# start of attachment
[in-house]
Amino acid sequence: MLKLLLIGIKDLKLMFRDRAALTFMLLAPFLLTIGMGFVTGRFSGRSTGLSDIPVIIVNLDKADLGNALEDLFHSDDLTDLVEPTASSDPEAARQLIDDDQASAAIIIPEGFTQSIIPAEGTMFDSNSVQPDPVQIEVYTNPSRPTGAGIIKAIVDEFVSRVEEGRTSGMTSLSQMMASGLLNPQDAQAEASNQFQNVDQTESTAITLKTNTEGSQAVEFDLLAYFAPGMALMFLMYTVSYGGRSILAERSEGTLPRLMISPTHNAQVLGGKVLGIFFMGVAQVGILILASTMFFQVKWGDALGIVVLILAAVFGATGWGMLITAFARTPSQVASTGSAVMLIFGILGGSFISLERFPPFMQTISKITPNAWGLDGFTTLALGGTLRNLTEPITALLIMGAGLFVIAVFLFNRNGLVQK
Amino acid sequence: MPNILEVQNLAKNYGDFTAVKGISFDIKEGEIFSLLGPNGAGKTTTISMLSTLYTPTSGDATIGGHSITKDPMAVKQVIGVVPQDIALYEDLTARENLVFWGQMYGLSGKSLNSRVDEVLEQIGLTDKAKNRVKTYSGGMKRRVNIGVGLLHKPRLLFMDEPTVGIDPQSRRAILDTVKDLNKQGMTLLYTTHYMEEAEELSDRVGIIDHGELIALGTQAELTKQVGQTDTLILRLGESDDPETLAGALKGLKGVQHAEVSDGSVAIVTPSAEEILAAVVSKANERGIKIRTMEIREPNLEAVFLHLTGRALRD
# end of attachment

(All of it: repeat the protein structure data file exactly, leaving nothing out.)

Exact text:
[in-house]
Amino acid sequence: MLKLLLIGIKDLKLMFRDRAALTFMLLAPFLLTIGMGFVTGRFSGRSTGLSDIPVIIVNLDKADLGNALEDLFHSDDLTDLVEPTASSDPEAARQLIDDDQASAAIIIPEGFTQSIIPAEGTMFDSNSVQPDPVQIEVYTNPSRPTGAGIIKAIVDEFVSRVEEGRTSGMTSLSQMMASGLLNPQDAQAEASNQFQNVDQTESTAITLKTNTEGSQAVEFDLLAYFAPGMALMFLMYTVSYGGRSILAERSEGTLPRLMISPTHNAQVLGGKVLGIFFMGVAQVGILILASTMFFQVKWGDALGIVVLILAAVFGATGWGMLITAFARTPSQVASTGSAVMLIFGILGGSFISLERFPPFMQTISKITPNAWGLDGFTTLALGGTLRNLTEPITALLIMGAGLFVIAVFLFNRNGLVQK
Amino acid sequence: MPNILEVQNLAKNYGDFTAVKGISFDIKEGEIFSLLGPNGAGKTTTISMLSTLYTPTSGDATIGGHSITKDPMAVKQVIGVVPQDIALYEDLTARENLVFWGQMYGLSGKSLNSRVDEVLEQIGLTDKAKNRVKTYSGGMKRRVNIGVGLLHKPRLLFMDEPTVGIDPQSRRAILDTVKDLNKQGMTLLYTTHYMEEAEELSDRVGIIDHGELIALGTQAELTKQVGQTDTLILRLGESDDPETLAGALKGLKGVQHAEVSDGSVAIVTPSAEEILAAVVSKANERGIKIRTMEIREPNLEAVFLHLTGRALRD